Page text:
Apple dedicated some of its important press conference phase time to a game called Pascal’s Wager back in September2019 The game was excellent, with its “console-quality” graphics and detailed battle engine.
It likewise looked a heck of a lot like Dark Souls Now that the last version is live on the App Shop, I can verify that, goddamn, this game is actually simply a clone of Dark Souls It’s outrageous.
Some evidence before we get going:
- Pascal’s Wager is a third-person action-RPG
- It’s set in a creepy, medieval setting
- Every opponent is super harmful, and can kill you during any encounter if you’re not careful
- The battle engine relies on handling stamina while alternating between light and heavy attacks
- Light and heavy attacks are assigned to the triggers when played with a controller
- You pick up unusual products with strange names and have no idea what they do. (e.g., Anthozoan Bones, Active Sendrils)
- You need to approach altars spread throughout the map to save your video game and recover– and healing causes all of the opponents to respawn
And finally, my favorite:
- There’s this talking egg that needs assistance
Shameless might in fact be an understatement.
All that said, Pascal’s Wager isn’t a bad game, as long as you have the appropriate setup. You’ll need a controller, for starters. Envision playing Dark Souls on a touch screen; there might be no purer form of hell. I attempted it, because I wondered, but it didn’t take long before I deserted this method for the obvious factors. It just doesn’t work effectively, especially with a game that requires a lot accuracy in timing and movement.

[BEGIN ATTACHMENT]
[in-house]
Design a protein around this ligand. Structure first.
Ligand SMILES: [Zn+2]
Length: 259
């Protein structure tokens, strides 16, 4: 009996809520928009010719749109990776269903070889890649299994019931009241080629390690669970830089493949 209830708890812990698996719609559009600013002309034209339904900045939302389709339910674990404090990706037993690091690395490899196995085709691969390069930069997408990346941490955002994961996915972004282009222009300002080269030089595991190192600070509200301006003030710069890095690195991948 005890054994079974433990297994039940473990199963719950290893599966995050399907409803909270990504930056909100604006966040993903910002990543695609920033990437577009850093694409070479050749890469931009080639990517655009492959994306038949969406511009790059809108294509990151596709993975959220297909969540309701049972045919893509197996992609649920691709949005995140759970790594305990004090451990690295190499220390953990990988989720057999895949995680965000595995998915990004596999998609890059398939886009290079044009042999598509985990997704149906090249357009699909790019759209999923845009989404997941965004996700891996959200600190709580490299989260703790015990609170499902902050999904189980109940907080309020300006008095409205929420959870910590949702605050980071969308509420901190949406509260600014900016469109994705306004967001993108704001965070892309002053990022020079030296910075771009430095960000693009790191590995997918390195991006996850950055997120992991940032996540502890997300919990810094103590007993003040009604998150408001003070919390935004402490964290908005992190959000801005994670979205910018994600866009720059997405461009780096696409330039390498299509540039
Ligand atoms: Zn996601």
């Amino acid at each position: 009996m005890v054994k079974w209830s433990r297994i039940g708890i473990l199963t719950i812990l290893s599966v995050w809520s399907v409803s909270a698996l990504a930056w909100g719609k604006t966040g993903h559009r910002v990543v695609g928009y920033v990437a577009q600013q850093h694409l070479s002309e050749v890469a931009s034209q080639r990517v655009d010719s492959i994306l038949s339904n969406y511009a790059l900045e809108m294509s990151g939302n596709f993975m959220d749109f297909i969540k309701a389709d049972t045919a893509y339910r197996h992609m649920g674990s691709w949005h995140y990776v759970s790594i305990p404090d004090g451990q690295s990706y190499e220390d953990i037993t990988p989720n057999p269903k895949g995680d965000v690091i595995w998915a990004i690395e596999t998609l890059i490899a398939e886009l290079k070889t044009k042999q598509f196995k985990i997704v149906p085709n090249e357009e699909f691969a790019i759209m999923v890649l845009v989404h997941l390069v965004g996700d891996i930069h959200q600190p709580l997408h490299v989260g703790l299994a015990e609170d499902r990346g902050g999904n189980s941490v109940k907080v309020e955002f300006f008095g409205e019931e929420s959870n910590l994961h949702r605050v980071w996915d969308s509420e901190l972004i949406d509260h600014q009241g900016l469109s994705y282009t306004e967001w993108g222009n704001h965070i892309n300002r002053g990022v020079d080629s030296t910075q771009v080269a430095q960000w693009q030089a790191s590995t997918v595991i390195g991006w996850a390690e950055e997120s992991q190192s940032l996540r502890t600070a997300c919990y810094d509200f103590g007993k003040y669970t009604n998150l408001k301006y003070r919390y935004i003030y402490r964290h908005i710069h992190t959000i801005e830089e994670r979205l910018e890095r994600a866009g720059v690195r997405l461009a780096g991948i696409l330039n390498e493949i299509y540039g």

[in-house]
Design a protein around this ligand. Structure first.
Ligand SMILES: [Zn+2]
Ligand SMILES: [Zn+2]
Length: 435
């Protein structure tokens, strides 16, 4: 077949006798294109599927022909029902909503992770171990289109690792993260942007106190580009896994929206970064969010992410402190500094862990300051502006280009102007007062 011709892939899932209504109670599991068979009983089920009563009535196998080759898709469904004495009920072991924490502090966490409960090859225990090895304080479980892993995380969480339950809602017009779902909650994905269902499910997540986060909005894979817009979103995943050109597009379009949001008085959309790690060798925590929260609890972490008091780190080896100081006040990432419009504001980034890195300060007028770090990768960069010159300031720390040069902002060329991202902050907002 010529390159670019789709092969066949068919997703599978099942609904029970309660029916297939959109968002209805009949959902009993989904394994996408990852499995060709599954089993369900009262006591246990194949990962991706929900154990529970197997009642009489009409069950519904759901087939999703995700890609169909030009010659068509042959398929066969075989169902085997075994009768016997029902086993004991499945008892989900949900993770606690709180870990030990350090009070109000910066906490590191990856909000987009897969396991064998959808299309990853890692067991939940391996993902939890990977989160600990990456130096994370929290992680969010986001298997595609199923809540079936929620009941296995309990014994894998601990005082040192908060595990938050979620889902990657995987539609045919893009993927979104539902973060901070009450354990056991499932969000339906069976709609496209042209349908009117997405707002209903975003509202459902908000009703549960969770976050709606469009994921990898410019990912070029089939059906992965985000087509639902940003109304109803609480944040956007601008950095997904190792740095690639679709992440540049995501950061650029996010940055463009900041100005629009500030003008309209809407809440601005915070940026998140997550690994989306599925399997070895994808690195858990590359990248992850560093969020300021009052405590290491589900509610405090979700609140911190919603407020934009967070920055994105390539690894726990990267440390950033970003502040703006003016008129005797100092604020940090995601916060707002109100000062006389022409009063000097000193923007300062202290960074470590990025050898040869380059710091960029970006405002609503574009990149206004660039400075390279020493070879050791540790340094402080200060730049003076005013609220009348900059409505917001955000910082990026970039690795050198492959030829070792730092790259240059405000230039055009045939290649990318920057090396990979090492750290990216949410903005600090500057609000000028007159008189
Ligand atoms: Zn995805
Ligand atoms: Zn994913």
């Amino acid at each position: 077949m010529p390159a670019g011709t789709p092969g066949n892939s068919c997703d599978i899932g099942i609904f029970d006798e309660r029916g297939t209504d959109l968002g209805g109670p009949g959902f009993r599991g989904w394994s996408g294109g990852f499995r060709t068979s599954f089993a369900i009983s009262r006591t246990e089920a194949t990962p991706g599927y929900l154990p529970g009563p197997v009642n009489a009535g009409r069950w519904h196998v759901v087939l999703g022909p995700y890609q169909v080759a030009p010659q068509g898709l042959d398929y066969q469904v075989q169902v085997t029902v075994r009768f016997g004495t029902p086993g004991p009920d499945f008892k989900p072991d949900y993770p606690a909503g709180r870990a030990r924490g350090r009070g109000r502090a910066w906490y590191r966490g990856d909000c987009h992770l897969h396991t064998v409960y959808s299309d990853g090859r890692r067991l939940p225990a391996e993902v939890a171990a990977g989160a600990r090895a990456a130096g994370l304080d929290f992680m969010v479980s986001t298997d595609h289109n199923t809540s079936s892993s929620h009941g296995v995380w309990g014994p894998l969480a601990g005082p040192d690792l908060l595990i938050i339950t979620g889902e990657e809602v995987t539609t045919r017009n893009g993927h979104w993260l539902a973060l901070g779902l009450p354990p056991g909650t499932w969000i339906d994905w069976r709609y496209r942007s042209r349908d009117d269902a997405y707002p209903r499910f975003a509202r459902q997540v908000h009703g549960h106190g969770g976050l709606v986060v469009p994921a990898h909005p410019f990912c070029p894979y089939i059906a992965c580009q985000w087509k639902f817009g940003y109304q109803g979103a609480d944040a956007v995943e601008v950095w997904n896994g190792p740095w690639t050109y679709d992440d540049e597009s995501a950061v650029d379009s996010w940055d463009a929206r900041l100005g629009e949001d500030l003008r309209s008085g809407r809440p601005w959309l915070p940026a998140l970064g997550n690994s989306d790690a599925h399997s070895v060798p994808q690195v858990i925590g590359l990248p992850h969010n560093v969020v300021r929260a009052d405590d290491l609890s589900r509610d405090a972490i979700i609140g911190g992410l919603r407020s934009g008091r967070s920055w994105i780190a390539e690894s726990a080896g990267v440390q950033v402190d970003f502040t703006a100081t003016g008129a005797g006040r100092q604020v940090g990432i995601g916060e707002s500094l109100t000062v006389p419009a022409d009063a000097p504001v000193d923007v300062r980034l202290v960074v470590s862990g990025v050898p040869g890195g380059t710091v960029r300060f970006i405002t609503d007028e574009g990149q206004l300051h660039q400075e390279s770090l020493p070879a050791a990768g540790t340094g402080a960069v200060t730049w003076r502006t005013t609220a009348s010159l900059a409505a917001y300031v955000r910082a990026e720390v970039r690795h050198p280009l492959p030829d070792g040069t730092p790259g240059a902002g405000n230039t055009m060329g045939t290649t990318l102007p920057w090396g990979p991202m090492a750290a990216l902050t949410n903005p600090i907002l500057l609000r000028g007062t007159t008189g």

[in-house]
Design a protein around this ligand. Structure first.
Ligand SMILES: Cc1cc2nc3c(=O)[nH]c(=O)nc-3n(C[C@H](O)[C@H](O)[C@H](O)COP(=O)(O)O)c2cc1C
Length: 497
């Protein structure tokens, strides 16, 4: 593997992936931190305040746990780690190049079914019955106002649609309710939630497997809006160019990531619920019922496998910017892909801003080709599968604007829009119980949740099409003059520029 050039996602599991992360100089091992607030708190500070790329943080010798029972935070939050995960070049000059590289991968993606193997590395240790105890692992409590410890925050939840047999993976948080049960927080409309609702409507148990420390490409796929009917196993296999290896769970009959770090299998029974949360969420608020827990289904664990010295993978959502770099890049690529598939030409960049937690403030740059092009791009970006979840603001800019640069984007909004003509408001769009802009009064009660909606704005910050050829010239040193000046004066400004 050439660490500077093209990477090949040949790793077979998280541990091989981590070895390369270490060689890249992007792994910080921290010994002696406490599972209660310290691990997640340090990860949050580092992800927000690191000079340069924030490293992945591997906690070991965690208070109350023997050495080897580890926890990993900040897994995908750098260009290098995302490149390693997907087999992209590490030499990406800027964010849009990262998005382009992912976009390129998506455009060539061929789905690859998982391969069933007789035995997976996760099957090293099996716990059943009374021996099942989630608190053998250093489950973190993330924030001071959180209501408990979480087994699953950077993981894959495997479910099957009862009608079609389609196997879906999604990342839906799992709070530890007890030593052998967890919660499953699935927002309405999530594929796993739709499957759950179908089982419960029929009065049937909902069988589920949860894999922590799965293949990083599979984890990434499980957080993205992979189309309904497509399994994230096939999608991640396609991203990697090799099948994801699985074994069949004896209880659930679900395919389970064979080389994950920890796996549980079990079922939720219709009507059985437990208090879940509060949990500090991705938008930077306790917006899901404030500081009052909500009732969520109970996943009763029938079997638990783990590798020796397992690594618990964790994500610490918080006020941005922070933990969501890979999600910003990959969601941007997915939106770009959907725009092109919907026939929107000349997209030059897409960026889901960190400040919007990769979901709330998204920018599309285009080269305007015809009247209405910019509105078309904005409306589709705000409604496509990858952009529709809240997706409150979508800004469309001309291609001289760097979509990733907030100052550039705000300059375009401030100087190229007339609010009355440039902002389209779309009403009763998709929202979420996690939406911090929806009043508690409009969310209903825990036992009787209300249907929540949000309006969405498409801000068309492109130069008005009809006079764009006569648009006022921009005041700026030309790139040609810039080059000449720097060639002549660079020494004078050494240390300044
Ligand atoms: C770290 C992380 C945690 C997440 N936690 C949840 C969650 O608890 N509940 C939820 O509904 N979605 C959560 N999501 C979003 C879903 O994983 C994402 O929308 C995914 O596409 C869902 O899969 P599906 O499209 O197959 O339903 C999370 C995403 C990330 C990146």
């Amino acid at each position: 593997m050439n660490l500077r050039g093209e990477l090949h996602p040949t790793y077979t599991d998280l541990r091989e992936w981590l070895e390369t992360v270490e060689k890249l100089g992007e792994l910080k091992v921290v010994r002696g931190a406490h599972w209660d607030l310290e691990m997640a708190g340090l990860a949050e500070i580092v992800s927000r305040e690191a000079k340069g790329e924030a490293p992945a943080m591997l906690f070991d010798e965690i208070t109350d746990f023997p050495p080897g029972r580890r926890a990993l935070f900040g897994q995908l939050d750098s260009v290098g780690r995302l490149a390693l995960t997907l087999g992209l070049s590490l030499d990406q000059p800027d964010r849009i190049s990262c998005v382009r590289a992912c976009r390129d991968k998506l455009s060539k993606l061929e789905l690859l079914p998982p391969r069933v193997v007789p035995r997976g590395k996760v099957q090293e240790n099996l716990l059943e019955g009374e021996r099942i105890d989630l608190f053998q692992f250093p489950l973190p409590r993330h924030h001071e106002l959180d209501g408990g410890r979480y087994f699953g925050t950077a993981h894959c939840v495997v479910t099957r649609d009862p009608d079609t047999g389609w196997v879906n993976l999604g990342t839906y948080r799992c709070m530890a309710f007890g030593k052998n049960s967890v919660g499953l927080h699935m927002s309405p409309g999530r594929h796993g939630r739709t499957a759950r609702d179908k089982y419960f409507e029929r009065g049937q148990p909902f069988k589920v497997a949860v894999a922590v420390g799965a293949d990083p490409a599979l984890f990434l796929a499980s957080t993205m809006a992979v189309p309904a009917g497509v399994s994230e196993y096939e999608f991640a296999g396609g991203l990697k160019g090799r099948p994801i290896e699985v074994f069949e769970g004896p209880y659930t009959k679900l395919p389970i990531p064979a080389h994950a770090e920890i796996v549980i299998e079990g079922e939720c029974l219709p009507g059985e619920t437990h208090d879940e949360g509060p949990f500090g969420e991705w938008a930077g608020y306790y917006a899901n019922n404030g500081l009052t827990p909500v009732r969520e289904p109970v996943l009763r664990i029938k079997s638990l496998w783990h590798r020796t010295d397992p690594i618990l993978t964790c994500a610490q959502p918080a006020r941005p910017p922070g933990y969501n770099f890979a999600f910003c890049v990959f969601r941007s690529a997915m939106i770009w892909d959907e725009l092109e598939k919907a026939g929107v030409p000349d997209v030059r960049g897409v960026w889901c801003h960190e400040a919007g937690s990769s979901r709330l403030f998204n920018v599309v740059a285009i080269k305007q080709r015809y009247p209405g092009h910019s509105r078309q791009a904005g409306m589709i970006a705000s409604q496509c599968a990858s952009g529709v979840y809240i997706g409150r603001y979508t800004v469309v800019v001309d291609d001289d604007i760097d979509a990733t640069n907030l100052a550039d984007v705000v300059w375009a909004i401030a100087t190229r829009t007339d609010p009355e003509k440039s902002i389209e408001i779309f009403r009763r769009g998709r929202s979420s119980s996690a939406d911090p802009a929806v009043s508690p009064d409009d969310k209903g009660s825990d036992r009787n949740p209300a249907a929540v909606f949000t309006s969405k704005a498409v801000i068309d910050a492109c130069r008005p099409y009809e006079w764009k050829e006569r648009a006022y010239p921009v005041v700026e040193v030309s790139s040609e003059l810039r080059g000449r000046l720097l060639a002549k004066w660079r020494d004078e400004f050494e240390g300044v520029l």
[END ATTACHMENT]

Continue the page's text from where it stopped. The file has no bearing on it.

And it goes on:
Mercifully, the iPhone and iPad now support PlayStation 4 and Xbox One controllers via Bluetooth, and the video game ends up being a lot more practical once you’re having fun with one. You’ll quickly feel right at home if you’re even somewhat familiar with the Souls video games, due to the fact that all the buttons are in the exact very same place!
All of the familiar vibes of a Dark Souls boss, like finding out attack patterns and preventing inconvenient death stomps, apply here.
The feeling of satisfaction was similar to taking out the Cleric Beast in Bloodborne for the very first time; so the game is at least successful at delivering some of what makes many of us fans of the Souls series. And delivering on that promise on an iOS device is kind of the whole point of Pascal’s Wager; I didn’t expect anything too blazingly original from this video game.
To be reasonable to Pascal’s Wager, it does try to branch off from the Souls model in a few crucial locations, for better or worse. Unlike the massive, sprawling, interconnected maps of Souls games, Pascal’s Wager is set throughout smaller, disconnected maps that divided the game into discrete “levels.” You’re still following the familiar loop of opening faster ways and trying to reach the next safe altar, however you won’t have the excitement of recognizing the dungeon you have actually been crawling in is directly listed below where the whole game began.
Another significant modification: After the very first area, I unlocked the ability to change in between characters. The beginning character, a Geralt-looking irritated Gus with dual swords, is joined by a masked man with a big, heavy casket that he swings around.
Changing between the 2 can happen at any time beyond battle and it does actually present an interesting level of range. In Souls video games I always discover myself locked into a particular play design based on how I have actually constructed my character. Here it’s a lot less restricting, and the various characters each work well versus various kinds of opponents.
But Pascal’s Wager stops working to provide the very same level of storytelling as the video games that inspired it. Dark Souls games have an incredibly intricate stories that are basically just meant through product descriptions and visual clues. Gamers need to be invested, and put the time in, to discover and comprehend what’s going on, and why.
Pascal’s Wager goes another method, with prolonged, horribly-acted cutscenes and dialogue trees that are best avoided. That loss of an expressive setting and obscured tradition makes the whole game feel much less intriguing.
However if you have the ability to neglect all of that and simply focus on the real gameplay, Pascal’s Wager does feel like playing Dark Souls on a phone. Presuming that’s even something you wish to do.
You can find additional info about Polygon’s ethics policy here